TAKE NOTICE that the Respondent shall, at the hearing of this appeal, rely upon a preliminary objection to the hearing of the appeal.
GROUNDS OF OBJECTION
1. All the Grounds of Appeal in the Appellant's Notice of Appeal are either of mixed law and facts or of facts alone for which the prior leave of the Court below or of this Honourable Court ought to have been sought and obtained.
2. The leave of the Court below or that of this Honourable Court was neither sought nor obtained before the Grounds of Appeal were filed.
3. The Grounds of Appeal are therefore, incompetent.
4. The Notice of Appeal, not having any competent Ground of Appeal, is incompetent and, consequently, this Honourable Court lacks the jurisdiction to entertain this appeal based on the incompetent Notice of Appeal.
5. The four issues formulated and argued in the Appellant's Brief of Argument are incompetent, having been formulated from incompetent Grounds of Appeal.
On the 26th day of January 2016 date slated for the hearing of the Appeal, the Preliminary Objection had to be moved by Wale Agunbiade, learned counsel for the Respondent/Objector.
J. B. Daudu of counsel for the Appellant responded countering the views put across by the Respondent contending that the grounds of appeal were purely of law and needed no leave of Court to be filed.
Mr. Agunbiade of counsel for the Objector stated that they are calling for the striking out of grounds 1, 4, 5, 6 and 7 of the Grounds of Appeal alongside Issues 1, 3, and 4. That the grounds as stated are either of mixed law and facts or of facts alone for which leave of Court was needed to be sought and obtained but this was not done. That the issues are therefore incompetent stemming from incompetent grounds of appeal.
Learned counsel admitted not attaching the Grounds of Appeal to the Motion.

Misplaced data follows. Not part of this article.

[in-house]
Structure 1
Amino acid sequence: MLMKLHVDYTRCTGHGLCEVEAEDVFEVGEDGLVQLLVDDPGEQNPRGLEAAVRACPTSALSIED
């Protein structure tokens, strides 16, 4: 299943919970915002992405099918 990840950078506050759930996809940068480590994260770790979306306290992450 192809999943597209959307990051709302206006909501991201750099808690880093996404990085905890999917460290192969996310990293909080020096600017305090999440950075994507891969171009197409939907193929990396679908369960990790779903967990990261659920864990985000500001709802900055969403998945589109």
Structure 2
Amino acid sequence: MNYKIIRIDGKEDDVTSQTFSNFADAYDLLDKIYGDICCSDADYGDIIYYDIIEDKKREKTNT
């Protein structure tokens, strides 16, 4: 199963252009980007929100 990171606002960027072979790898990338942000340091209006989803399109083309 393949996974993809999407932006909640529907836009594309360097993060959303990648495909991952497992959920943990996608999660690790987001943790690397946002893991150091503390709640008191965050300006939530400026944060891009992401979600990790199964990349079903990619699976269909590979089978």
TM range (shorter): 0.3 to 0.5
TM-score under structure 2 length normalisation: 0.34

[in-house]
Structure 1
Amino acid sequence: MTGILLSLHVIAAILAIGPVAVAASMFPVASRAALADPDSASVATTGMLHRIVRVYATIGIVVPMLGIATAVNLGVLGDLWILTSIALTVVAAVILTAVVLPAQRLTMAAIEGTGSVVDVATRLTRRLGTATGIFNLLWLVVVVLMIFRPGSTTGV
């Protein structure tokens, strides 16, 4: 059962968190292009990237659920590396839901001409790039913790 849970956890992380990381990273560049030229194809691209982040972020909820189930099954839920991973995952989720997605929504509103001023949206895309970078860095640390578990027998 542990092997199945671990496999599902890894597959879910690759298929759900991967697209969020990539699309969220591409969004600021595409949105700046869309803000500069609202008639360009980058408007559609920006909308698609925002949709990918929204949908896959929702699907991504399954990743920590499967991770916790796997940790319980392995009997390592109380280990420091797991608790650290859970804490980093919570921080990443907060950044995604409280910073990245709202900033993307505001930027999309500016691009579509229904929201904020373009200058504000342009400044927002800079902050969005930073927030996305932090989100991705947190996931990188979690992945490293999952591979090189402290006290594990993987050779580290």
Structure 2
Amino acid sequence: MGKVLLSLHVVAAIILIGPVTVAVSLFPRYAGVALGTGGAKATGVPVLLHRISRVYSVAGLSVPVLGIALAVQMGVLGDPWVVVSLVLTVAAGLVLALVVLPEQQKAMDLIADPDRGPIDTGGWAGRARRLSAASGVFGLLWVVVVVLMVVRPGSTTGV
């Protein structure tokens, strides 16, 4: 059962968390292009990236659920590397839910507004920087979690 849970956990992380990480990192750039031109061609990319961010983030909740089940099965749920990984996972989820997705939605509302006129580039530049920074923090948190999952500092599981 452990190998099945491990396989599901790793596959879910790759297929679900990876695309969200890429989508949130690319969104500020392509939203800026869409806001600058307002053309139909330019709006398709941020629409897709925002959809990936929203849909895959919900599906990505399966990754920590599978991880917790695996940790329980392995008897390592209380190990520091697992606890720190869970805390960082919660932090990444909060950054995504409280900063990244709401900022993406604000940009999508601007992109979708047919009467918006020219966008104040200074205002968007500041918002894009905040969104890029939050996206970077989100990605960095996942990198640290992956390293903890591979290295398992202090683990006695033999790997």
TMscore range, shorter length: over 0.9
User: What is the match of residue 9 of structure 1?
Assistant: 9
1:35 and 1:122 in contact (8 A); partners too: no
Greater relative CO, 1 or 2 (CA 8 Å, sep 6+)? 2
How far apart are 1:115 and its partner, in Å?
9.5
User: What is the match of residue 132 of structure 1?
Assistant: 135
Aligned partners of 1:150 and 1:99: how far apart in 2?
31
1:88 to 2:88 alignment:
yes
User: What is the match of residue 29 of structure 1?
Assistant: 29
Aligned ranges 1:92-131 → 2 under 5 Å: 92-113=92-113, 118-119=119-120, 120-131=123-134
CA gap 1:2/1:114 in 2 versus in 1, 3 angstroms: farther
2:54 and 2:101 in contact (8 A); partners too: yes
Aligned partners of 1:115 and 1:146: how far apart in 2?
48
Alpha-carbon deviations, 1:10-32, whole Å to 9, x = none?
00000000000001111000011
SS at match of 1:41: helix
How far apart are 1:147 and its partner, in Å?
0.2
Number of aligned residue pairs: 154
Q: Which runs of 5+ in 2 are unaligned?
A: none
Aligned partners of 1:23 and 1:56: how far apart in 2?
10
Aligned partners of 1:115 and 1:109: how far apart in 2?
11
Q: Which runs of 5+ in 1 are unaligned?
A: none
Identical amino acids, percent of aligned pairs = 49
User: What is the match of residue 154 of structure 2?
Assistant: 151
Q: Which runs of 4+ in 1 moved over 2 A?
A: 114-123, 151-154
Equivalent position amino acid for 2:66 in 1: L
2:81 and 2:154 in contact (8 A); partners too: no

Learned senior counsel J. B. Daudu reacted by stating that the application itself was incompetent and unknown to law. That the motion is said to be predicated on Order 2, Rule 28 (1) of the Supreme Court Rules which is not so covered as the appropriate rule of Court is Order 2, Rule 9 (1) for a Preliminary Objection against an appeal.
The said Order 2, Rule 28 (1) of the Supreme Court Rules 1999 (as amended) under which the Applicant is anchoring stipulates thus:-
"28 (1): Every application to the Court shall be by notice of motion supported by affidavit. It shall state the rule under which it is brought and the ground for the relief sought".
I agree with Mr. J, B. Daudu SAN that the appropriate related order and rule is Order 2, Rule 9 (1) of the Rules of the Supreme Court (supra) and that is as follows:-
"9 (1): A Respondent intending to rely upon a preliminary objection to the hearing of the appeal shall give the appellant three clear days notice thereof before the hearing, setting out the grounds of objection and shall file such notice together with ten copies thereof with the Registrar within the same time".
It is interesting that the Respondent who is throwing stones at the purported incompetence of the Grounds of Appeal of the Appellant is coming from an imperfect Motion with the said Objection containing nothing as there is no written address upon which arguments were made in that regard. He just filed the Motion impugning the grounds of appeal without more and failed to have incorporated arguments on the objection in his Respondent's Brief of Argument. Anyway, the Motion cannot be declared incompetent though not properly positioned in the appropriate Rule of Court, Order 2, Rule 9 (1) precisely and so, I am at one with the lead Ruling that the Motion Applicant can place his argument on the preliminary objection in his Brief of argument, since technicality will not take the place of substantiality.
JOHN INYANG OKORO. JSC: This ruling is in respect of a motion on notice dated and filed on the 6th July, 2015. In it, the Respondent/applicant prayed for the following reliefs:
1. An order striking out grounds 1, 4, 5, 6 and 7 of the Grounds of Appeal on the notice of Appeal in this Appeal for being incompetent
2. An order striking out issues 1, 3 and 4 formulated and argued in the appellants brief of argument for being incompetent
There are seven grounds upon which the application is predicated. They are:-
1. Grounds 1, 4, 5, 6 and 7 of the Grounds of Appeal in the Notice of Appeal in this Appeal are either of mixed law and facts or of facts alone for which the prior leave of the court below or of this Honourable Court ought to have been sought and obtained.